All communications are framed – the only question is whether or not you recognise this and choose how to frame them.
I was reminded of this by a recent conversation with an academic at one of our top universities. The researcher was wary of framing. Instead, she wanted her data and analysis to tell their own story and allow the reader to reach the logical conclusion. Sounds reasonable. Perhaps she had come across one of the most commonly cited definitions of framing:
“To frame is to select some aspects of a perceived reality and make them more salient in a communicating text, in such a way as to promote a particular …[understanding]”
Entman, R. M. (1993). Framing: Towards clarification of a fractured paradigm. Journal of Communication, 43(4), 51–58.
At a glance, this definition might lead us to imagine that framing is optional. However, if we unpick it, we can see how all communications are in fact framed. (The optional part is whether or not we choose how to frame.)
Considering the choice of words or images to include in a communication is an act of framing. Emphasising certain ideas and not others, is a further act of framing. Whenever we communicate, framing cannot be escaped – and this includes academic communications.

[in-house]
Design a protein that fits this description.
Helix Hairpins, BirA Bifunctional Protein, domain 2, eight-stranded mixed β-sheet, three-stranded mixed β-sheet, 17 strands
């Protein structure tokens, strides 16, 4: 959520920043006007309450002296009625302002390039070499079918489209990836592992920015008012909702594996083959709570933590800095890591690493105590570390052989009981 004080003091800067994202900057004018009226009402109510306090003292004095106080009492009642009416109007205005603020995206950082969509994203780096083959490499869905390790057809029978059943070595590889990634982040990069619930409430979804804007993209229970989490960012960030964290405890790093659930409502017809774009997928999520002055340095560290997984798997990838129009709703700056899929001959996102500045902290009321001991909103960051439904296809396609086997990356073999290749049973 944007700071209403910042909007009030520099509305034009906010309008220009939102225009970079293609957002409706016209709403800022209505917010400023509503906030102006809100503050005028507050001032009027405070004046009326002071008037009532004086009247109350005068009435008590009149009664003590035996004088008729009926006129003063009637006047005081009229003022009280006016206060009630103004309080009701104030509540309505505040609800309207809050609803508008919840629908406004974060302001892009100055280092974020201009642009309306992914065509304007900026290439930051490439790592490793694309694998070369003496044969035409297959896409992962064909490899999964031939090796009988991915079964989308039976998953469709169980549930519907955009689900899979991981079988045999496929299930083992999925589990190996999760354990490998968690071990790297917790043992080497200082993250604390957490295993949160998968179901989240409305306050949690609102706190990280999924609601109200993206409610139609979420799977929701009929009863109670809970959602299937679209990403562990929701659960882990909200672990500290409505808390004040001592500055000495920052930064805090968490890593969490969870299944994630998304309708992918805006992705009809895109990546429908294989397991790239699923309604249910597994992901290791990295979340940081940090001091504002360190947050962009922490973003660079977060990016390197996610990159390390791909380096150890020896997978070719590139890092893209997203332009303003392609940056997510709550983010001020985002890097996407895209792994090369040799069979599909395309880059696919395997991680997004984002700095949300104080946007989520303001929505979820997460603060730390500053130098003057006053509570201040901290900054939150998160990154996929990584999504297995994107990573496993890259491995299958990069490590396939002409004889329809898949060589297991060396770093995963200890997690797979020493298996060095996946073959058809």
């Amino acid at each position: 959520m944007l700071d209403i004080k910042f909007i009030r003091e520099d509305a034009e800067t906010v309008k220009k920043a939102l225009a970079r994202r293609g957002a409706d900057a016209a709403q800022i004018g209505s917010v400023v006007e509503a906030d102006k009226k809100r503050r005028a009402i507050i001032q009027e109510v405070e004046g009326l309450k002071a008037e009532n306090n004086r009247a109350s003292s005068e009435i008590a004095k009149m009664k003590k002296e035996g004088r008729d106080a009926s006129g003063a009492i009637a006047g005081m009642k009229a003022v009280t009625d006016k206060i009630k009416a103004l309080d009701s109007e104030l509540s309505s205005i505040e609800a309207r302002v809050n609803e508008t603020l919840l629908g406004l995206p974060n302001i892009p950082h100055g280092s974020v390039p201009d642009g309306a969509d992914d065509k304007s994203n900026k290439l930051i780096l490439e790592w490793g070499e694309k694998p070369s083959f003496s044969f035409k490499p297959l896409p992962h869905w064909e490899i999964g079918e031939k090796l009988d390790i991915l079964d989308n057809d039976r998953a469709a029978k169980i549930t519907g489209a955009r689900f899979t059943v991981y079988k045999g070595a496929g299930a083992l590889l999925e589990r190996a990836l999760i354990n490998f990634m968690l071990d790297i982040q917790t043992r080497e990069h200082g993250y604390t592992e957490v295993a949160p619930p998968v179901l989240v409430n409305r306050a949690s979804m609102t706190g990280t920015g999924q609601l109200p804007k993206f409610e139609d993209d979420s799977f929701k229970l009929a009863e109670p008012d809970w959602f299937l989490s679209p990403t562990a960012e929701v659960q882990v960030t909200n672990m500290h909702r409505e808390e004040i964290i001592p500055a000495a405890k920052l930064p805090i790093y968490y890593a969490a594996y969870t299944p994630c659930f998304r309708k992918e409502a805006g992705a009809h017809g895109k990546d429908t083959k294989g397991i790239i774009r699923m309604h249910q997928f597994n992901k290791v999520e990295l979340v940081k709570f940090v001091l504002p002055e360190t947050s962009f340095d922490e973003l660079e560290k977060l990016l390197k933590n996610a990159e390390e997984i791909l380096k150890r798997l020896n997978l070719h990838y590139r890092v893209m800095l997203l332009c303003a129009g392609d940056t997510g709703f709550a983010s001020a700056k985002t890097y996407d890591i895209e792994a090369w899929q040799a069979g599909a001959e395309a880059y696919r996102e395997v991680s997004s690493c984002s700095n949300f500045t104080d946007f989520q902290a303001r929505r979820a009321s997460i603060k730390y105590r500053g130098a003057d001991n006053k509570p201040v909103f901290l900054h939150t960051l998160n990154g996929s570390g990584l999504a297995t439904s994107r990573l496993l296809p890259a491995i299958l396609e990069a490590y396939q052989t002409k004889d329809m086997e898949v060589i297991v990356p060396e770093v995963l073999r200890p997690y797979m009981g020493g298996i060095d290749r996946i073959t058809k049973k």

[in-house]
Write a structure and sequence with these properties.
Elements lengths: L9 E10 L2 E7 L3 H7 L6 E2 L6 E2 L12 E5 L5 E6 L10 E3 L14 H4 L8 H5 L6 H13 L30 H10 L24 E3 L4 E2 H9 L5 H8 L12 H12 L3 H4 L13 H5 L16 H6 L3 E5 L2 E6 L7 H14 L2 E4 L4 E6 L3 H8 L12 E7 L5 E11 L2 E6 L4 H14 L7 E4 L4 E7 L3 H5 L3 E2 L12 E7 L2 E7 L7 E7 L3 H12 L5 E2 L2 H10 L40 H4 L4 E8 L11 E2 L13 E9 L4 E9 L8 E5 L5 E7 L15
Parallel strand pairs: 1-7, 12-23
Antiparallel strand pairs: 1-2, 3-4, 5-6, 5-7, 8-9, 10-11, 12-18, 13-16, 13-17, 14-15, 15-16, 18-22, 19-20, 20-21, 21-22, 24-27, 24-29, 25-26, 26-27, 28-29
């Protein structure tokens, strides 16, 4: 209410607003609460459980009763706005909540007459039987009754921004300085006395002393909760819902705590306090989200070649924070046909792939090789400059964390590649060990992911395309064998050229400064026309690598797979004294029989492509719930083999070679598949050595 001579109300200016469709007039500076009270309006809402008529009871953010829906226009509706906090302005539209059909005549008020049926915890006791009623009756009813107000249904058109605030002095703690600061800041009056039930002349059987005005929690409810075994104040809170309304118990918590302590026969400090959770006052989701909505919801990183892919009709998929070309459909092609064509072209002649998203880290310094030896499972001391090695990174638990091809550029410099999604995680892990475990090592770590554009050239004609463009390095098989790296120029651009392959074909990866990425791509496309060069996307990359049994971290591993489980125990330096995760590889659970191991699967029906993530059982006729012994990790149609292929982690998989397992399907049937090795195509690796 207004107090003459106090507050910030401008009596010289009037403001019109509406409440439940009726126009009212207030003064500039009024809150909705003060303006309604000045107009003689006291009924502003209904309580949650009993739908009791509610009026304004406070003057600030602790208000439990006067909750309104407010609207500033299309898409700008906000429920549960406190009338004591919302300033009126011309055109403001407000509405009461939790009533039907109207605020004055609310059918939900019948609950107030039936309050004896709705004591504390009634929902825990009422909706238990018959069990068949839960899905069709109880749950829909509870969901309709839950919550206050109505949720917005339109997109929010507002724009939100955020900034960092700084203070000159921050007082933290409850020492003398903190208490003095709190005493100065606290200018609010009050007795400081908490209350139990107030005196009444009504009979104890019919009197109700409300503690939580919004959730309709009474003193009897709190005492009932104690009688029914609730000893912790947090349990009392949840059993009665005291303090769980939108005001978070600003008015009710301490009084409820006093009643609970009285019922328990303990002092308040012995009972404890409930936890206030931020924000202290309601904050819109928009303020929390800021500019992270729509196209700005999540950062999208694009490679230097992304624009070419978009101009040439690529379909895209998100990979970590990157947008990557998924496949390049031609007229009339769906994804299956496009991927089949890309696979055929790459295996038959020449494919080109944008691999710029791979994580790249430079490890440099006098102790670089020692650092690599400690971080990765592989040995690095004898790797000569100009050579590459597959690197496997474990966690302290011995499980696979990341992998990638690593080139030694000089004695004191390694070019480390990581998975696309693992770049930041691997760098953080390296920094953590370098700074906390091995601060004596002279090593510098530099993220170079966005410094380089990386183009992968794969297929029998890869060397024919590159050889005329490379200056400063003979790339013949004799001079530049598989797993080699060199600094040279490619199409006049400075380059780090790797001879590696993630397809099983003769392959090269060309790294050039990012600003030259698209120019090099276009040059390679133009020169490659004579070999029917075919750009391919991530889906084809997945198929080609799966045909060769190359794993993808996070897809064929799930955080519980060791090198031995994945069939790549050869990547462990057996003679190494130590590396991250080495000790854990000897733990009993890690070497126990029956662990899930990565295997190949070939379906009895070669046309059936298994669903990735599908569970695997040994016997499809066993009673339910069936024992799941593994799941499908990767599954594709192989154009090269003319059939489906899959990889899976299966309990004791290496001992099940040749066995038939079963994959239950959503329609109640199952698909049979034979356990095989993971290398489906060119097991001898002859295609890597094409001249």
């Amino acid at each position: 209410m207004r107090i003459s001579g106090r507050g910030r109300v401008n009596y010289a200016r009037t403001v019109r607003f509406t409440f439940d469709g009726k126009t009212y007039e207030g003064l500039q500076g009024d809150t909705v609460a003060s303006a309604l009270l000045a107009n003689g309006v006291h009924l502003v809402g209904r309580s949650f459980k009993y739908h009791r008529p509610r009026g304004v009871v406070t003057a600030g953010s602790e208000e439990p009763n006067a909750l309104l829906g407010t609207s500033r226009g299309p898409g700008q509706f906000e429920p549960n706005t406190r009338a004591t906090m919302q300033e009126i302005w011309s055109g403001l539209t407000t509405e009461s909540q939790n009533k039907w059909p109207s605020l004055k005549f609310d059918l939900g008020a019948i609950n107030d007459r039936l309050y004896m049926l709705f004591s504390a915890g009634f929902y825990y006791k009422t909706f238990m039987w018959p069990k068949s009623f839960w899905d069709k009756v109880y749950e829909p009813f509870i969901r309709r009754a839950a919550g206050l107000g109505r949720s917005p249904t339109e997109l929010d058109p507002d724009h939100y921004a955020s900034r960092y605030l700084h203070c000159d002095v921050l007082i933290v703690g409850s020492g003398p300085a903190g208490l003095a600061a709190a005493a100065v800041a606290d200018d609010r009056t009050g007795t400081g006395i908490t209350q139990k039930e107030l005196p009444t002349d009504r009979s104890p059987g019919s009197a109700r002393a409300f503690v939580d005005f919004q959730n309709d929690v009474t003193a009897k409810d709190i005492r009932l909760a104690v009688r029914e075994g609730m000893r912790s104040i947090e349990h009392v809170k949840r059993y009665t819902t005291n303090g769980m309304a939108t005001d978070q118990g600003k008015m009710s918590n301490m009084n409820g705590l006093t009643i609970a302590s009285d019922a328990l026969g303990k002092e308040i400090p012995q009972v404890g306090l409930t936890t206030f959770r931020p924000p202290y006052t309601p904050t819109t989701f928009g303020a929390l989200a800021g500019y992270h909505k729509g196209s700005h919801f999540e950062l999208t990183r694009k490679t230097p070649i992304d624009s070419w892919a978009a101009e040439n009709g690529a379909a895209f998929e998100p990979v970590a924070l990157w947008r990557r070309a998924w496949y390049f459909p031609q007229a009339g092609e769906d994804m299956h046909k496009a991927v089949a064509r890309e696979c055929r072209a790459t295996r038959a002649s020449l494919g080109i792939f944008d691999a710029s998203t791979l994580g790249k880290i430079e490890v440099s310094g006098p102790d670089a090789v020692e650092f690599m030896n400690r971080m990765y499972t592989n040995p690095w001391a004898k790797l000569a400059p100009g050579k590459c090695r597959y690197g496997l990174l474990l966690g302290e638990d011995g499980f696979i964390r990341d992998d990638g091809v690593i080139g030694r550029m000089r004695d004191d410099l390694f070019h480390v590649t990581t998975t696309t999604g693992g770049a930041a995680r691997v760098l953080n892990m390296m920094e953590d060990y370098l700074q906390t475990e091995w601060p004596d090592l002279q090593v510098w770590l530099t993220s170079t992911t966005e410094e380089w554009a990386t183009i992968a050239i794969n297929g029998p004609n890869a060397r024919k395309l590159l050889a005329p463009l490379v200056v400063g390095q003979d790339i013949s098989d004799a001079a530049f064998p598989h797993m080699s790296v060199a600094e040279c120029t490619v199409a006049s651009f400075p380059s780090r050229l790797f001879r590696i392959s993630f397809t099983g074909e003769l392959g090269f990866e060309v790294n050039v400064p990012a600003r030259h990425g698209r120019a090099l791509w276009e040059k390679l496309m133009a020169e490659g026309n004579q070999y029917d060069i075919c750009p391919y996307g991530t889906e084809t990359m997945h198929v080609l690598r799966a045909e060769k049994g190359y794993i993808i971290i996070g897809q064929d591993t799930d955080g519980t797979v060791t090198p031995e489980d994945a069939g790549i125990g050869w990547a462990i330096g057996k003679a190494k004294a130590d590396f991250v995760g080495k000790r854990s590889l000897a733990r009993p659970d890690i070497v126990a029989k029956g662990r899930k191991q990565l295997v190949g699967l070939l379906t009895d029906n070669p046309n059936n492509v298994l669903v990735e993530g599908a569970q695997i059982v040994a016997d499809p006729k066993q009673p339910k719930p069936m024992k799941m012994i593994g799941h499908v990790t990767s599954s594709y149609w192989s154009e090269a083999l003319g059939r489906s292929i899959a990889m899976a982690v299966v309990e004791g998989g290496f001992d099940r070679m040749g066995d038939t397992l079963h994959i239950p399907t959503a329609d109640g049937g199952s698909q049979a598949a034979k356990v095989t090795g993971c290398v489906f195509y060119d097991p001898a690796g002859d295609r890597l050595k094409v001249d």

Robert Entman also described framing as: “a way to describe the power of a communicating text”. The frame is where the explanatory power lies. If we fail to recognise framing power, and do not explicitly consider our framing choices; one of two things is likely to happen:
We may use frames that are counter-productive to our intended purpose. If we have not given consideration to the frames implicit in our choice of words and images, our inclusions or omissions – how can we be sure we are not leading people to understandings that differ from our intention?For example, if our intention is to draw attention to the lack of affordable, nutritious food in some places; then talking about ‘food choices’ rather than ‘options’ is likely to be counter-productive. ‘Choices’ will trigger thinking about individuals’ decision-making or willpower rather than the systems and practices that drive food availability.
We hand over control of our communication to our audience. Framing provides the audience with cues about how to interpret information. If we omit these cues, we are inviting them to fill in the blanks for themselves. People will default to certain dominant cultural frames when they fill in the gaps. And the understandings this leads them to, might not be what we intended.For example, when we assert that child obesity is the result of it being much harder for families in some areas to eat healthily; people often assume that the solution is better education about cooking and nutrition. But when we fill in the gaps and explain that children’s health is impacted by a lack of affordable, nutritious food and that better planning rules and advertising restrictions would help increase the flow of healthy options – people are more likely to support these systemic changes rather than defaulting to individual-level solutions.
All communication is framed – the choice is only to frame mindfully or not. Did the academic recognise this in the end? I’m still not sure. But we’ll be here, and we’d be delighted to help her – and you – think through the best frames to use to build the understanding you are seeking.